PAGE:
If you google “acne treatment”, you’ll find a smorgasbord of theories about why people get acne, weird acne triggers, and tips on what to do when acne makes an unwelcome appearance on your skin. Today, I will share with you some of the most popular acne myths I hear from my patients, because knowledge is the best way to start having the beautiful, clear skin you want.
Myth: You Can “Dry Up” Acne
Water is the only thing you can “dry up,” and acne breakouts have nothing to do with skin being wet. While the treatment may dry up your skin, it is doing little, if anything for the actual acne. Drying up the water and other moisture-binding substances on skin’s surface can even hurt its ability to fight acne, and encourages breakouts and the marks they leave behind to last longer. Absorbing oil that’s on the skin’s surface or in the pore is radically different from “drying up” skin with harsh ingredients like denatured alcohol.
Do this instead: Treat acne-affected skin gently by using carefully formulated anti acne products that contain ingredients research has shown to control acne and help get skin back in the clear, faster. Examples include benzoyl peroxide, salicylic acid, and retinoid.
Myth: Acne Is Caused by Dirty Skin
Oh, if I had a dollar for every time a Mom asked me to tell her child that they have acne because they are not clean. This mistaken belief often leads to over-cleaning or scrubbing with soaps and abrasive scrubs or rough bristled cleansing brushes, which only increases the risk of creating dry, flaky, aggravated skin that also increases oil production in the pore. It’s also the perfect recipe for skin that feels dry and tight underneath, but is oily on top. Acne has nothing to do with skin being dirty, but it does have everything to do with clogged pores which is why a chemical exfoliate that contains salicylic acid is so vitally important.
Myth: You Can Spot-Treat Acne
This is somewhat true, but not exactly. You can reduce the redness and swelling with a salicylic acid (BHA) exfoliates or with a benzoyl peroxide product, but that does not treat the acne that is under the surface just waiting to pop up overnight. Dealing with only the breakouts you see means you’re ignoring those that are forming but not visible yet. This leads to a cycle of chasing acne around your face. Spot-treating is an OK option for those who rarely breakout, but if that isn’t you, then full face application is essential for getting and maintain the best results.
Myth: Tingling Means It’s Working
Here’s the truth: Ingredients that make your skin tingle, such as menthol, peppermint, eucalyptus, lemon, and alcohol show up in countless anti-acne products but are a serious, sensitizing problem for skin. Research showing these ingredients have any benefit for acne or oily skin is lacking but there IS research showing how these ingredients aggravate skin, making acne and oily skin worse. Look, I used to be that person who loved her thick, white cream that gave me that tingle. When you know better, you do better ☺ .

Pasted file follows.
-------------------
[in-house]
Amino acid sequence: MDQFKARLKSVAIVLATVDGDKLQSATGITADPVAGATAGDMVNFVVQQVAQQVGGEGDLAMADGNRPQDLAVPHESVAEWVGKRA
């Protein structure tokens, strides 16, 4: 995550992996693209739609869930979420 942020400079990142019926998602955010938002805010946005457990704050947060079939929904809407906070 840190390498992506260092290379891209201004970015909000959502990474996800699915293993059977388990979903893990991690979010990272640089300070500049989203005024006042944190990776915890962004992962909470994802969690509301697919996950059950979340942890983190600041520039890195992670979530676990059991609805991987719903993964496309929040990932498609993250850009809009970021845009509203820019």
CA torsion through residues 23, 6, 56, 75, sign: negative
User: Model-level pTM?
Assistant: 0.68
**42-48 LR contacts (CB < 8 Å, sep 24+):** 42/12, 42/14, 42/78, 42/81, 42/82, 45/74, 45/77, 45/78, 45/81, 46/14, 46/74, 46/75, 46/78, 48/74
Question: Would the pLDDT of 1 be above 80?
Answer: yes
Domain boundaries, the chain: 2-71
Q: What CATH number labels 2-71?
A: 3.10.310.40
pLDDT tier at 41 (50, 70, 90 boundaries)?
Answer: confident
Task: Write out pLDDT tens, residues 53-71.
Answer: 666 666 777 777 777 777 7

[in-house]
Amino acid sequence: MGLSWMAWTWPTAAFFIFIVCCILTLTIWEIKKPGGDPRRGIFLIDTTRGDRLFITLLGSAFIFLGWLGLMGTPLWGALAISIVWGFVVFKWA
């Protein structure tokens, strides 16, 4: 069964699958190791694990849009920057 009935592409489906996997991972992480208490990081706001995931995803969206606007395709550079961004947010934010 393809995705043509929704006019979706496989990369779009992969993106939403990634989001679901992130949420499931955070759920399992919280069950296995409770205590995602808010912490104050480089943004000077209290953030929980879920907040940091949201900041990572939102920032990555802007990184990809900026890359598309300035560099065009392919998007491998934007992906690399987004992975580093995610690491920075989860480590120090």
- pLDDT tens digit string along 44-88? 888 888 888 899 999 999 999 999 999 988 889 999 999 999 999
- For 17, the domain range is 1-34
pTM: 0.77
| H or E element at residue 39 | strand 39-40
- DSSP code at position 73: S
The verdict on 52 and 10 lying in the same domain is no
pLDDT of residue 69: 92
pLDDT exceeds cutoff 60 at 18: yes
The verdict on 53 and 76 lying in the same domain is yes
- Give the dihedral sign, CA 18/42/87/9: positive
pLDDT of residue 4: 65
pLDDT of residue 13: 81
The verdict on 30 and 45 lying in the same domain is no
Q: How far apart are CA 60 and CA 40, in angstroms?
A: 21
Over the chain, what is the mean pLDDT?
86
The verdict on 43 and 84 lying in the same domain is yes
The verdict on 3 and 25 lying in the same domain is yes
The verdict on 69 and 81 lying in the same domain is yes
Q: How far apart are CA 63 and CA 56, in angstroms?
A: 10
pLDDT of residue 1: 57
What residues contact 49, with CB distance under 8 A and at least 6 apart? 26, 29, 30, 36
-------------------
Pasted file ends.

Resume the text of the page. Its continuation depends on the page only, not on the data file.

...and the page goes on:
Myth: Acne is Caused Chocolate or Greasy Food
While eating healthy is always a good idea for overall health, research on chocolate consumption and acne has been mixed. Several of the earlier studies proclaiming it not to be a problem were flawed or poorly done. Greasy, fatty foods don’t seem to be acne triggers for most people. However, foods (especially sources of refined sugar) that cause a spike in the hormone insulin have been linked to increased incidences of acne—and chocolate is often found in sugar-laden foods. If you suspect a certain food is linked to your acne flares, try avoiding it (and foods like it) for 30 days and see if it helps.
Myth: You Can Get Rid of Acne with a Scrub
Sorry, but no. Abrasive scrubs are harsh on skin, disrupting its vital surface and defeating its ability to fight off acne. They can mess up the natural barrier on skin and alter the pH . The harshness can also increase oil production, which we’re betting isn’t what you want. As stated above, acne isn’t caused by skin being dirty and therefore needing a “deep” clean. You can use a gentle washcloth or your hands with your water soluble cleanser or a soft-bristled cleansing brush for a bit of extra cleansing, but it has to be gentle otherwise you will just cause further irritation. I find that when patients complain that a cleansing product made their acne worse, it is really the misuse of that product that caused the flare.
Schedule a 20 min video consultation and we can discuss science proven ways to improve your acne from home. I hope to chat with you soon!